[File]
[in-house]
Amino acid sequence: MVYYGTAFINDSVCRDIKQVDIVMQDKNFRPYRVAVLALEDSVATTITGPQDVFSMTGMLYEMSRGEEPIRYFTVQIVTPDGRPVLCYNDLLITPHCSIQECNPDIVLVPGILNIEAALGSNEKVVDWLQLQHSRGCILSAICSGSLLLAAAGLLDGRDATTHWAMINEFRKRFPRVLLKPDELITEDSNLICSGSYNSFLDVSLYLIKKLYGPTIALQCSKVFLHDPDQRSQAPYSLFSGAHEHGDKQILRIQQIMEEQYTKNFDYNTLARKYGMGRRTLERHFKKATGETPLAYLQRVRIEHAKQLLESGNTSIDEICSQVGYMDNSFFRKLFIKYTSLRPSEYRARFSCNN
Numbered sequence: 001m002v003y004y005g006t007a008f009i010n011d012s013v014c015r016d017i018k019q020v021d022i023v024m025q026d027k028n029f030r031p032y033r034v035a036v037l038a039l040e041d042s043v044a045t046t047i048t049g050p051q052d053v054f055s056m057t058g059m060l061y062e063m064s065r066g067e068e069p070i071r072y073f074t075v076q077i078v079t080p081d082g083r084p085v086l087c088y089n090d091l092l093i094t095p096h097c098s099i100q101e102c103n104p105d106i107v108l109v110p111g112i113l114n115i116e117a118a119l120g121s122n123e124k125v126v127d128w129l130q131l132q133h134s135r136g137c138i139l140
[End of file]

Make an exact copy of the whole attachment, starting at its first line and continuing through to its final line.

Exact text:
[in-house]
Amino acid sequence: MVYYGTAFINDSVCRDIKQVDIVMQDKNFRPYRVAVLALEDSVATTITGPQDVFSMTGMLYEMSRGEEPIRYFTVQIVTPDGRPVLCYNDLLITPHCSIQECNPDIVLVPGILNIEAALGSNEKVVDWLQLQHSRGCILSAICSGSLLLAAAGLLDGRDATTHWAMINEFRKRFPRVLLKPDELITEDSNLICSGSYNSFLDVSLYLIKKLYGPTIALQCSKVFLHDPDQRSQAPYSLFSGAHEHGDKQILRIQQIMEEQYTKNFDYNTLARKYGMGRRTLERHFKKATGETPLAYLQRVRIEHAKQLLESGNTSIDEICSQVGYMDNSFFRKLFIKYTSLRPSEYRARFSCNN
Numbered sequence: 001m002v003y004y005g006t007a008f009i010n011d012s013v014c015r016d017i018k019q020v021d022i023v024m025q026d027k028n029f030r031p032y033r034v035a036v037l038a039l040e041d042s043v044a045t046t047i048t049g050p051q052d053v054f055s056m057t058g059m060l061y062e063m064s065r066g067e068e069p070i071r072y073f074t075v076q077i078v079t080p081d082g083r084p085v086l087c088y089n090d091l092l093i094t095p096h097c098s099i100q101e102c103n104p105d106i107v108l109v110p111g112i113l114n115i116e117a118a119l120g121s122n123e124k125v126v127d128w129l130q131l132q133h134s135r136g137c138i139l140